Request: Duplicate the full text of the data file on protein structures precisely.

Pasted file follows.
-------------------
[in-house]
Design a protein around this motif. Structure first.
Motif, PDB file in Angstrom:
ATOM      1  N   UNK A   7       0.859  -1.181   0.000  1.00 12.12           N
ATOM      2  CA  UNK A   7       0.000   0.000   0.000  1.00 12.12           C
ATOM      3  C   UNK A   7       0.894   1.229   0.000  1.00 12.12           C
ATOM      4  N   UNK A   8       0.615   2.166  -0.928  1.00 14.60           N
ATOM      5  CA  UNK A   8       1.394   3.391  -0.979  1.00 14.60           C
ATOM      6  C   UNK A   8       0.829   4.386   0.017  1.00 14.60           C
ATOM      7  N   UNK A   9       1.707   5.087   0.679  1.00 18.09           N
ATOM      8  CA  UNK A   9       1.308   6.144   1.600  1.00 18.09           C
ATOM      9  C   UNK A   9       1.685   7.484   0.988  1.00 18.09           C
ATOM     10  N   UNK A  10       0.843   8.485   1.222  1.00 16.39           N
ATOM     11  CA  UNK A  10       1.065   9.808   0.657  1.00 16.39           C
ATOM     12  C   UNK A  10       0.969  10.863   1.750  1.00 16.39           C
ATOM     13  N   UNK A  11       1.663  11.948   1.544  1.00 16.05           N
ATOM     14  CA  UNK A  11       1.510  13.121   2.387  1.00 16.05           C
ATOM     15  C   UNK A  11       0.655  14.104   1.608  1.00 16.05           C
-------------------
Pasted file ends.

[in-house]
Design a protein around this motif. Structure first.
Motif, PDB file in Angstrom:
ATOM      1  N   UNK A   7       0.859  -1.181   0.000  1.00 12.12           N
ATOM      2  CA  UNK A   7       0.000   0.000   0.000  1.00 12.12           C
ATOM      3  C   UNK A   7       0.894   1.229   0.000  1.00 12.12           C
ATOM      4  N   UNK A   8       0.615   2.166  -0.928  1.00 14.60           N
ATOM      5  CA  UNK A   8       1.394   3.391  -0.979  1.00 14.60           C
ATOM      6  C   UNK A   8       0.829   4.386   0.017  1.00 14.60           C
ATOM      7  N   UNK A   9       1.707   5.087   0.679  1.00 18.09           N
ATOM      8  CA  UNK A   9       1.308   6.144   1.600  1.00 18.09           C
ATOM      9  C   UNK A   9       1.685   7.484   0.988  1.00 18.09           C
ATOM     10  N   UNK A  10       0.843   8.485   1.222  1.00 16.39           N
ATOM     11  CA  UNK A  10       1.065   9.808   0.657  1.00 16.39           C
ATOM     12  C   UNK A  10       0.969  10.863   1.750  1.00 16.39           C
ATOM     13  N   UNK A  11       1.663  11.948   1.544  1.00 16.05           N
ATOM     14  CA  UNK A  11       1.510  13.121   2.387  1.00 16.05           C
ATOM     15  C   UNK A  11       0.655  14.104   1.608  1.00 16.05           C